Microsoft counters government remedy

Microsoft has proposed alternative behavioral remedies and asked a federal judge to toss out the US government's recommendation in its antitrust case that the company be split in two.

          Microsoft has proposed alternative behavioral remedies that it says will lead to greater competition in the operating system market. The software giant has asked a federal judge to toss out the US government's recommendation in the ongoing antitrust case that the company be split in two.

          Microsoft filed a motion for summary judgment regarding the breakup proposal today, arguing that the findings in the case "do not justify the government's radical request to split Microsoft into two separate companies -- what the government euphemistically refers to as a simple 'reorganisation,'" according to one of five Microsoft documents filed in the case today.

          In return, Microsoft said it is willing to accept restrictions on its behavior immediately. These restrictions would include disclosure of APIs (application programming interfaces), changes in the way the company deals with business partners, and offering a version of its Windows operating system with the vendor's Internet Explorer browser hidden from consumers.

          Microsoft also proposed that the remedy phase of the trial be extended, and offered three options for the postponement of oral arguments. US District Court Judge Thomas Penfield Jackson originally wanted the remedy phase to end within two months of his conclusions of law, released in April.

          The software giant today proposed, if Jackson decides to consider the US government's breakup proposal, that oral arguments be postponed until Dec. 4. If Jackson agrees to Microsoft's summary rejection of the breakup proposal, Microsoft proposes that the hearing be held on Oct. 2. Finally, Microsoft proposes that the hearing be held Aug. 7 if Jackson decides to throw out the government's breakup proposal as well as the government's proposal on "disclosure" remedies, which, for example would require the software company to reveal aspects of Windows code under the monitoring of a third party.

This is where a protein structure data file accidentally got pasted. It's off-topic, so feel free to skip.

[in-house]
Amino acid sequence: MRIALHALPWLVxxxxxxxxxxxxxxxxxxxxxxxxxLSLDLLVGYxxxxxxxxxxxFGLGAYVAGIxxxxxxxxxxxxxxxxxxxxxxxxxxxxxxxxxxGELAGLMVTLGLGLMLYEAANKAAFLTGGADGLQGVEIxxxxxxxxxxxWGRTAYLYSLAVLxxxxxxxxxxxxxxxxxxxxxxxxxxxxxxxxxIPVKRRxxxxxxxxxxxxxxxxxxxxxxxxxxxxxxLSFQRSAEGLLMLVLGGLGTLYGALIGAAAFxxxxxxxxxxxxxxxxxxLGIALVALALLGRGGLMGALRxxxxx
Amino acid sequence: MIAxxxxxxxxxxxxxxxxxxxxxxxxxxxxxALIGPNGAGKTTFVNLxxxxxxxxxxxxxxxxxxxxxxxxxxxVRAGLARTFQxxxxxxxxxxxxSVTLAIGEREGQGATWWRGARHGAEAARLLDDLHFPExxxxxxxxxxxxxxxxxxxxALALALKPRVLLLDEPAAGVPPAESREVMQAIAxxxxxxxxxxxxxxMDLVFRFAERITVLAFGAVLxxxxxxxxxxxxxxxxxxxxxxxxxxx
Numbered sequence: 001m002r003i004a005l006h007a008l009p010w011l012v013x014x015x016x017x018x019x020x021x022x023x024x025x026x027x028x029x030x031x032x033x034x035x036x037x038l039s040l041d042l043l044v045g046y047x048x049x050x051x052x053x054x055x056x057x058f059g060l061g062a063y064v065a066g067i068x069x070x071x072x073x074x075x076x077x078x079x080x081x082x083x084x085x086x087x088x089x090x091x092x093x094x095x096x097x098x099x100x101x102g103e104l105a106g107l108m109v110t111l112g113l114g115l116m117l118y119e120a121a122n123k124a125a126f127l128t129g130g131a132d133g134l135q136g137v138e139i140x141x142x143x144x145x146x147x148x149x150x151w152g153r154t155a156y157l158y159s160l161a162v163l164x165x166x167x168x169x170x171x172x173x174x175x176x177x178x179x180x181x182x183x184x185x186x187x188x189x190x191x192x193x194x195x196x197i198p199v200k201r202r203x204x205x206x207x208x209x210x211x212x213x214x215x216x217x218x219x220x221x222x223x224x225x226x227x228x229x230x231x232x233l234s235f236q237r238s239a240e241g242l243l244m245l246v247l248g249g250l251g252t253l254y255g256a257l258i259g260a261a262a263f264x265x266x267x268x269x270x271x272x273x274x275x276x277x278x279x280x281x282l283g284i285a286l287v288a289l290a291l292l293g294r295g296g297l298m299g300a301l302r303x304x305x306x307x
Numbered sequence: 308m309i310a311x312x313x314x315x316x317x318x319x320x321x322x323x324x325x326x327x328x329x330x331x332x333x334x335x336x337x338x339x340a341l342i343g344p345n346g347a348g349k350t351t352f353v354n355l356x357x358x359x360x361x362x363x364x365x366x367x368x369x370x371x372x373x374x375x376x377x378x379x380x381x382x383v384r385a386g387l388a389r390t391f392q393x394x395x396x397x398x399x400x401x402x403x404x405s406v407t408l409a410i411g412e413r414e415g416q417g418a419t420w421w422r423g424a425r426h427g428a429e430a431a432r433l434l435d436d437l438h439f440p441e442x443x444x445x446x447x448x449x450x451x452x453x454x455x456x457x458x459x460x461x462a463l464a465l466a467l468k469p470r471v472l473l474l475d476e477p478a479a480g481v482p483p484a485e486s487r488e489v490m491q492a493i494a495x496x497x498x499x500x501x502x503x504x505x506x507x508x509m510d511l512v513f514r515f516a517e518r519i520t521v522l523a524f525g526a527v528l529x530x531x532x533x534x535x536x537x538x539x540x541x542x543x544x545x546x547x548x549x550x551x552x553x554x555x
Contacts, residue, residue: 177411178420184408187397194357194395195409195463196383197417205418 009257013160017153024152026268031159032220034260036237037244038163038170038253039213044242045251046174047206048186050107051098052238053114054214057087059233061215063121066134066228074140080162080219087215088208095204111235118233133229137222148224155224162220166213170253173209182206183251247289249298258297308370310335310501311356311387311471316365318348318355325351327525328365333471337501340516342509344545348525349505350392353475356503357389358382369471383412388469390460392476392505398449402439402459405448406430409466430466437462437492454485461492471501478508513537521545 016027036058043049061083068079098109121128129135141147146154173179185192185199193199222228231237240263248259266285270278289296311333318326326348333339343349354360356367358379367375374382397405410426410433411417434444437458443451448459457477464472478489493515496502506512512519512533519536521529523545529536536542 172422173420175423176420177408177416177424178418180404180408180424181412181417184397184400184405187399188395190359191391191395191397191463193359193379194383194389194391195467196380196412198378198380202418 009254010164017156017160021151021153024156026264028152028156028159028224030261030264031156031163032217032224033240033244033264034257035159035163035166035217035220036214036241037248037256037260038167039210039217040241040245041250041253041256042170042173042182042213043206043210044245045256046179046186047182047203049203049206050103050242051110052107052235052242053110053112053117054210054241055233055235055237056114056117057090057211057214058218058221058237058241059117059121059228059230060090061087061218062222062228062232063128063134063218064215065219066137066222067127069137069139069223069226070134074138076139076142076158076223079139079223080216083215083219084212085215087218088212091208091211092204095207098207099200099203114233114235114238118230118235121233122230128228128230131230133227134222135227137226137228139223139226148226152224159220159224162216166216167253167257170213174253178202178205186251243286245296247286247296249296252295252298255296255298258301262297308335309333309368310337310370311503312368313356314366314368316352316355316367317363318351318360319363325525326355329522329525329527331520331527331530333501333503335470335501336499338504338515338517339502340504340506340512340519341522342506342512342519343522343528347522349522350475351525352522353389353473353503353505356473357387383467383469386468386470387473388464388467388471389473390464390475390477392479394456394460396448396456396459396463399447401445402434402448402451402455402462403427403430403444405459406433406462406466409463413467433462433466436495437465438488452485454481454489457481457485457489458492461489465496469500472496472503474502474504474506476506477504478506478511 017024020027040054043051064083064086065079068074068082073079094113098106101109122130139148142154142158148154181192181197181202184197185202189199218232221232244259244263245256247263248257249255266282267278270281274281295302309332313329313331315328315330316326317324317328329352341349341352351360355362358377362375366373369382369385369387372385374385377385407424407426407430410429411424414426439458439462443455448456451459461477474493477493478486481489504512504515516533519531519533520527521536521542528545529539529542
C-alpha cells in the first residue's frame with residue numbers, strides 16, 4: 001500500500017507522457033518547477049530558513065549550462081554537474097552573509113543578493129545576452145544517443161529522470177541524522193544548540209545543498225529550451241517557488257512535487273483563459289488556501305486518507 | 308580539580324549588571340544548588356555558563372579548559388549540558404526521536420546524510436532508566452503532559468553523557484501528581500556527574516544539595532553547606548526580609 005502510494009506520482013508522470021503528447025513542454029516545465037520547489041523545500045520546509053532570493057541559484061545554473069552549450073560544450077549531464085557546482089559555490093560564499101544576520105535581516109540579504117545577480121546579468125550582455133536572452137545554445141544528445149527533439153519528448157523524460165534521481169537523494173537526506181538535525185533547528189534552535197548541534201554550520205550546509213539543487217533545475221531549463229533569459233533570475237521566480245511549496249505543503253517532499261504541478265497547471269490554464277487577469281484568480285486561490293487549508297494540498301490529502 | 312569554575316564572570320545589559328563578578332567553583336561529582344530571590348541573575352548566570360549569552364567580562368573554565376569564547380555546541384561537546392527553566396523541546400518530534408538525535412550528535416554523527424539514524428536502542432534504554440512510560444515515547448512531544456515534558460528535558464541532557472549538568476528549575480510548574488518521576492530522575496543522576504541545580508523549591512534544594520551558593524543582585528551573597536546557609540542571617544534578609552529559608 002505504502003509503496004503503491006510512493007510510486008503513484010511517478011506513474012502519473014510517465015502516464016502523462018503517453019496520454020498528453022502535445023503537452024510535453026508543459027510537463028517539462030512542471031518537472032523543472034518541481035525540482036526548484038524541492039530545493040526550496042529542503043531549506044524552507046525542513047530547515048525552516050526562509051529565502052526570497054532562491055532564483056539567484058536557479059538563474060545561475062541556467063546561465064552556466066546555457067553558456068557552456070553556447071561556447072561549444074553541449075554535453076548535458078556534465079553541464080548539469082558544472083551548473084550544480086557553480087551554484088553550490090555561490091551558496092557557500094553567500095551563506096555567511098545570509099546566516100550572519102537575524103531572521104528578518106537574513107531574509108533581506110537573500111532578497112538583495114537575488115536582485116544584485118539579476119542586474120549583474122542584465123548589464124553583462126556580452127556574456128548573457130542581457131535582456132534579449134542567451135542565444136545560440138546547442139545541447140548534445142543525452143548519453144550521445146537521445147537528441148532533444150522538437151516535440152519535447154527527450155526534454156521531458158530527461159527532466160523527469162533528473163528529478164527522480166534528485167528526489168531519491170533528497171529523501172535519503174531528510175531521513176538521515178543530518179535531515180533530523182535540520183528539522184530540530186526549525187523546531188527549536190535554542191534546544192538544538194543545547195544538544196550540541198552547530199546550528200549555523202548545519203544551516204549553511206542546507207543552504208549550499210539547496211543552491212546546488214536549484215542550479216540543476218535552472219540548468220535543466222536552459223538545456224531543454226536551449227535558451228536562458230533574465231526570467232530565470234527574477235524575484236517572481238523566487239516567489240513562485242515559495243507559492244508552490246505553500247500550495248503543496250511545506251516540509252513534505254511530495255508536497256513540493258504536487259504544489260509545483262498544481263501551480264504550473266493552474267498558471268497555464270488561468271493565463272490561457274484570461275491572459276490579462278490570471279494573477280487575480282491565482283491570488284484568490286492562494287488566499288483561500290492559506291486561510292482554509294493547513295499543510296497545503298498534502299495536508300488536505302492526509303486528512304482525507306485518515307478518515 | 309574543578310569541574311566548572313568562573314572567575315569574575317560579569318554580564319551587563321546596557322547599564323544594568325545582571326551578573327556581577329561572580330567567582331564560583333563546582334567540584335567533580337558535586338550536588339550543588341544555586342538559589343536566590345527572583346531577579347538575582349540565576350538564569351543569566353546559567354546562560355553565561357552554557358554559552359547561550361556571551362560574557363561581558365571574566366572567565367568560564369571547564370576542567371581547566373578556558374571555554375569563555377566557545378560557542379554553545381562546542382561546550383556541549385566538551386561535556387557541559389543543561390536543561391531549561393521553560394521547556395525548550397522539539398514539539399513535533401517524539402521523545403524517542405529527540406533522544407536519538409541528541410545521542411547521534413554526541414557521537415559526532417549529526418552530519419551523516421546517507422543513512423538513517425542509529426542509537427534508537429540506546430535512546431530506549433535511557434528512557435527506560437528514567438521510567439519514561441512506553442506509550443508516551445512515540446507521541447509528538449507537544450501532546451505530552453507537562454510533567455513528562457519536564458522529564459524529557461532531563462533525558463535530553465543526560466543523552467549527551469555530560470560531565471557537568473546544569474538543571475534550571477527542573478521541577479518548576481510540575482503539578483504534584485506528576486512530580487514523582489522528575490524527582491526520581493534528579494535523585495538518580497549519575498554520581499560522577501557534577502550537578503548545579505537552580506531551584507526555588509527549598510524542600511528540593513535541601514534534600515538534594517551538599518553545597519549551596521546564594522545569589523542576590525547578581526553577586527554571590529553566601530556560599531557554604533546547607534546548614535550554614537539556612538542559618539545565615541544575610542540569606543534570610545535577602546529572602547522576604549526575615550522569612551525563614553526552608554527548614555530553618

The US Department of Justice (DOJ) and 17 US state attorneys general, all plaintiffs in the historic antitrust lawsuit against Microsoft, have recommended that Jackson order splitting the company in two, with one entity focused on operating systems and the other on applications. Two state attorneys general of Ohio and Illinois, also plaintiffs, filed a separate remedy proposal seeking only behavioral remedies.

          Jackson has ruled in favor of the government that Microsoft has a monopoly on operating systems in the desktop PC market and has used that power in an attempt to make inroads into other markets, most notably Internet browser software, and to squelch competition. Before making a final ruling on remedies in the case, Jackson will also hold a hearing, during which the sides will have an opportunity to present their proposals orally.

          (Marc Ferranti of IDG News Service contributed to this report.)

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